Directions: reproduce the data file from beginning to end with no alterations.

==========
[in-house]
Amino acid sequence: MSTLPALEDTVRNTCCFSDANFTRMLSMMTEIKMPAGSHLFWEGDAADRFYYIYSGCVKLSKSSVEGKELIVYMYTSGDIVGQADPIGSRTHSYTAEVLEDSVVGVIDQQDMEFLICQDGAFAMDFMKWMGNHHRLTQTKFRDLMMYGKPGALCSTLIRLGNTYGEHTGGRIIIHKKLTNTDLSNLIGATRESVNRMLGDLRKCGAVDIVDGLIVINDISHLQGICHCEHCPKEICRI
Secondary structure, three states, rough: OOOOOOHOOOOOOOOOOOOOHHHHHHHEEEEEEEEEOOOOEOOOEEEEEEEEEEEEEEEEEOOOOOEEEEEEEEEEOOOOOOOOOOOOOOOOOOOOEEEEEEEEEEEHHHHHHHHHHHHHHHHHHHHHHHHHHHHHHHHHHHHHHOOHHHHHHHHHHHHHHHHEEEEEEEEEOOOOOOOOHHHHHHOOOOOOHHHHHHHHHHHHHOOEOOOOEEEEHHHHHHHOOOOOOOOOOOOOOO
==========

[in-house]
Amino acid sequence: MSTLPALEDTVRNTCCFSDANFTRMLSMMTEIKMPAGSHLFWEGDAADRFYYIYSGCVKLSKSSVEGKELIVYMYTSGDIVGQADPIGSRTHSYTAEVLEDSVVGVIDQQDMEFLICQDGAFAMDFMKWMGNHHRLTQTKFRDLMMYGKPGALCSTLIRLGNTYGEHTGGRIIIHKKLTNTDLSNLIGATRESVNRMLGDLRKCGAVDIVDGLIVINDISHLQGICHCEHCPKEICRI
Secondary structure, three states, rough: OOOOOOHOOOOOOOOOOOOOHHHHHHHEEEEEEEEEOOOOEOOOEEEEEEEEEEEEEEEEEOOOOOEEEEEEEEEEOOOOOOOOOOOOOOOOOOOOEEEEEEEEEEEHHHHHHHHHHHHHHHHHHHHHHHHHHHHHHHHHHHHHHOOHHHHHHHHHHHHHHHHEEEEEEEEEOOOOOOOOHHHHHHOOOOOOHHHHHHHHHHHHHOOEOOOOEEEEHHHHHHHOOOOOOOOOOOOOOO